Well the actuall swap over doesn’t happen unless you aply a good amount of Magicka and turn the place into a Grey, see Trinimac <-> Malacath or Martin + AoK.


sóley

Wow. If Tiber Septim-Zurin Arctus is analogous to Akatosh-Lorkhan, does this have anything to do with the reason why CHIM (change?) is the secret syllable of royalty?


Proweler

I think the connection between the meaning and the position is co-incidentally.

CHIM mean ‘royalty’, ‘starlight’, and ‘high splendor’ as that is how Lorkhan explained it to the other et’Ada. They would find another way to jump back to the Far Shores, Aetherius, hence starlight. Auri-el would be it’s King, hence royalty. It would also be a glorious attempt to create a soul for the soul of Anu, hence the high splendor.

The Symbol itself however looks like a Crowned Tower that treatens to break apart at the slightest break in concentration. This is much closer to the actuall nature of CHIM. A return to the first brush of Anu and Padomay, a Perfect Grey that will split up in Void and Magicka.


**MK

If I must put my money on theory, I’d say that there are closer bonds between Shezarr and Lorkhan than we always assumed. Whether those bonds are natural or artificial remains to be seen.

Do you mean Akatosh and Lorkhan?

Shezarr is the Cyrodilic version of Lorkhan, so they’ve always been bound together.


Sytel

Akatosh is Lorkhan...

That makes so much sense it’s scary. Time was Lorkhan’s invention; time = change = mortality. Messing around with Lorkhan causes Dragon Breaks. Tiber as Lorkhan, Martin as Akatosh, the whole Dragon Blood deal, linear time vs. the Dawn Era...

Or maybe Akatosh is one half of the first Enantiomorph. But that leaves the question, who or what is the other half? I’m inclined to say Mehrunes Dagon, him being the Daedric god of change, but that might be too Oblivion-influenced of an answer.


Gez

So, Akatosh is Lorkhan.

But that’s not enough. Somebody else needs to be Lorkhan, too. For Akatosh is an Aedra, and Lorkhan is neither Aedra nor Daedra. Lorkhan needs to be a Daedra too, to truly be Nirn, to truly be Alessia the sweet wife of Shor and of Auri-El and of the Sacred Bull.

Morihaus, thunder god of the destructive voice, is Mehrunes Dagon. And Dagon is Dragon. The Aldudaggas are the story of Nirn tricking itself against itself to save itself, forcing itself to punish itself and to condemn itself to destroy itself so that it can recreate itself.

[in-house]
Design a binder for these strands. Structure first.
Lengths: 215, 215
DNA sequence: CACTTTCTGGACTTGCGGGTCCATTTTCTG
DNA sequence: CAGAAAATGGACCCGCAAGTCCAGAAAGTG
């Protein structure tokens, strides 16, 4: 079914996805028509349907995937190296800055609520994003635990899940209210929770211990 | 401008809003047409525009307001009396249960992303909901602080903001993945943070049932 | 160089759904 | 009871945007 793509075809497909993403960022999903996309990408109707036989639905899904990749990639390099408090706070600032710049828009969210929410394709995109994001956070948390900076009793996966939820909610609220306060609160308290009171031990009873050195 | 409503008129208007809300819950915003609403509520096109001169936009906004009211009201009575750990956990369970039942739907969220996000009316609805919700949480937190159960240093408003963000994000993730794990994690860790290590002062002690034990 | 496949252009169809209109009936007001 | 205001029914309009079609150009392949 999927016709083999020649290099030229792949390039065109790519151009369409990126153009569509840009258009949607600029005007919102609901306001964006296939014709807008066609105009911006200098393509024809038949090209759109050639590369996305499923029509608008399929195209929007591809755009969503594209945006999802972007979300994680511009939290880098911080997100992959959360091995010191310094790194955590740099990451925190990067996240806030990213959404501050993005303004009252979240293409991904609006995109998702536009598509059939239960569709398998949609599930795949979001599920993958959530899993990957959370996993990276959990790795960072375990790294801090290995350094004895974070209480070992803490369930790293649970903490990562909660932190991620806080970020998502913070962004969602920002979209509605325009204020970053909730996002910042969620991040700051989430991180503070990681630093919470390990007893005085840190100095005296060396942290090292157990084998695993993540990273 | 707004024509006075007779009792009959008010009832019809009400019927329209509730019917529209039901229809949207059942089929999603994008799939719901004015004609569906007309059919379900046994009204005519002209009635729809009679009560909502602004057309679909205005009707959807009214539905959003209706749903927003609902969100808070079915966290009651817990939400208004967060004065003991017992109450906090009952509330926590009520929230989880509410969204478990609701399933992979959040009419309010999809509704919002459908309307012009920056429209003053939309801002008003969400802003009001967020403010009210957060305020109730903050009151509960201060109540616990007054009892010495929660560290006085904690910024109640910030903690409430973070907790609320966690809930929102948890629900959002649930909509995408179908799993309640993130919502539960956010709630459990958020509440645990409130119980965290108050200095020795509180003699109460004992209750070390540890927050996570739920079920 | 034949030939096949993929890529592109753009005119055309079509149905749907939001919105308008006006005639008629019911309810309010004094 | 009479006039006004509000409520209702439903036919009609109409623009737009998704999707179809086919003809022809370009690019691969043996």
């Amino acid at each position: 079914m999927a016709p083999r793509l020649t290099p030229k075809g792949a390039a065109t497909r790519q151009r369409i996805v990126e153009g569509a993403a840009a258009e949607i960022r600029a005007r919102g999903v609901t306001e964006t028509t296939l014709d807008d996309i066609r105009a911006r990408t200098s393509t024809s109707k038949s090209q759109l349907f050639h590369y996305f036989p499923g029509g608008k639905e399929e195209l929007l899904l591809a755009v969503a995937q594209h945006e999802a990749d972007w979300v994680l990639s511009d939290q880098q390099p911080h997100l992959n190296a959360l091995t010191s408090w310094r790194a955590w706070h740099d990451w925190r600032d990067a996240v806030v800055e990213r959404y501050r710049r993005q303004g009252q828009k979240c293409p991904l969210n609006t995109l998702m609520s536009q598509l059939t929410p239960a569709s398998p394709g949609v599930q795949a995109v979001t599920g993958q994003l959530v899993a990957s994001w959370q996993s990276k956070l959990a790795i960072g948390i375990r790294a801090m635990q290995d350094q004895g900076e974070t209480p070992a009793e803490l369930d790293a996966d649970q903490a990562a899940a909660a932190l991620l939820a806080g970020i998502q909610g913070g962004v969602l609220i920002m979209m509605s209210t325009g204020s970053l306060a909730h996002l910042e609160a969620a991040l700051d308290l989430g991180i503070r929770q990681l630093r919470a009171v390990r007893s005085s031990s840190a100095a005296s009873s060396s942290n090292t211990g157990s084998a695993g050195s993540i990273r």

needtofindausername

My head hurts...

OK, so shezzar = Lorkhan = Akatosh = (maybe) Mehrunes Dagon? Wow, Nirn is even more confused than I am right now..


**Sheogorath

If you believe it, it’s simpler. Everyone is everything.


Tarvok Spellbinder

I suspected as much.

My theory has to do with the convergence of multiple timelines. I suspect that the malleability of time as at the root of all the major confusions of Tamriel.

Unfortunately, though this idea shines brightly in my mind, I find myself unable to wrap it in vocabulary.

This shows, however, just how confused elvish metaphysics really is. Elves worshipped Auri-El, all the while hating Lorkhan. If they’re the same guy... this is a bit strange.

I suspect Sheogorath is the true God of the Elves.  The theology of men makes more sense. Lorkhan (aka Shezar) is a god, plain and simple. It is ironic that it was men who attempted to "separate" Akatosh from Shezar, when elves have always believed that they were, in fact, separate, and that, in fact, they are not.


Shardie

I personally think, that while Shezarr and Akatosh are the same, Lorkhan and Auri-El are very different beings...


Marauth Alaí-Rán

So when Auri-El and Lorkhan fought physically in the Elven myths, were they manifestations of the two halves fighting in the same manner as Tiber and Zurin?

Or is that simply myth? And who or what is/were the other Aedra, especially Trinimac, as wasn’t he the one who strikes down Lorkhan and takes his heart before giving it to Auri-El?

@ Shardie:

if Akatosh = Shezarr
and Akatosh = Auri-El
and Shezarr = Lorkhan
then Auri-El = Lorkhan.

They cannot be different if their ‘other names’ are the same, because those things are just names, cultural names. The significance of those names to the ones who use them is a different matter. To the Altmer Auri-El and Lorkhan are worlds apart (possibly literally), but to the men of Cyrodiil, Akatosh and Shezarr can be one and the same. The difference is in the eyes of the followers, not in ‘reality’ whatever that means in the royally-screwed up TES universe.


Xanathar

Could someone help me with this question:

Who is "the One God" in Alessian Order belief?

Akatosh? I don’t think so.
Shezarr? *shrug*
or Lorkhan?
Obviously not Auri-El.
Don’t tell me of one of those Daedric Prince... uh, or is it?


Gez

Nirn. The Gray Maybe. The oneness that binds opposite into being the world.


Proweler

He is an abstract and unknowable depiction of a Single God, most often simply referd to as "The One". All the other gods are considerd to be a fractured reflection of him. I’d geus they were worshipping the Aurbis, it would explain their interests in the Psijic Endevour, but I really don’t have much of a clue. It’s not like somebody didn’t burn all the Monestaries and left plenty of books from that Era for future generations.

From Where Were You When the Dragon Broke